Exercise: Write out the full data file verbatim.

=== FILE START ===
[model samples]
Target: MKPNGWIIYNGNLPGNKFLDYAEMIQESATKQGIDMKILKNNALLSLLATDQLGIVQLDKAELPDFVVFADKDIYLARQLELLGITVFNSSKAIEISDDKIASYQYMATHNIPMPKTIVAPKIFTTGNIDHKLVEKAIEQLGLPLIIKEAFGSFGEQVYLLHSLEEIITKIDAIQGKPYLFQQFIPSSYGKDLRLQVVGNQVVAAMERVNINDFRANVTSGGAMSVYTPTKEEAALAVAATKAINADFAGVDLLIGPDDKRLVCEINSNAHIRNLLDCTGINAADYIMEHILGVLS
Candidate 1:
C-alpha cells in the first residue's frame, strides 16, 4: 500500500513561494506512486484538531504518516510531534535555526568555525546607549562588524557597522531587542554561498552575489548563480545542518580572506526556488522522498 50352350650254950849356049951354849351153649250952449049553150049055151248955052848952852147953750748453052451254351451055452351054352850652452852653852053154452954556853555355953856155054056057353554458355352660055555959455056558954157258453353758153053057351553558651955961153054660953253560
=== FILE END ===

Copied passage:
[model samples]
Target: MKPNGWIIYNGNLPGNKFLDYAEMIQESATKQGIDMKILKNNALLSLLATDQLGIVQLDKAELPDFVVFADKDIYLARQLELLGITVFNSSKAIEISDDKIASYQYMATHNIPMPKTIVAPKIFTTGNIDHKLVEKAIEQLGLPLIIKEAFGSFGEQVYLLHSLEEIITKIDAIQGKPYLFQQFIPSSYGKDLRLQVVGNQVVAAMERVNINDFRANVTSGGAMSVYTPTKEEAALAVAATKAINADFAGVDLLIGPDDKRLVCEINSNAHIRNLLDCTGINAADYIMEHILGVLS
Candidate 1:
C-alpha cells in the first residue's frame, strides 16, 4: 500500500513561494506512486484538531504518516510531534535555526568555525546607549562588524557597522531587542554561498552575489548563480545542518580572506526556488522522498 50352350650254950849356049951354849351153649250952449049553150049055151248955052848952852147953750748453052451254351451055452351054352850652452852653852053154452954556853555355953856155054056057353554458355352660055555959455056558954157258453353758153053057351553558651955961153054660953253560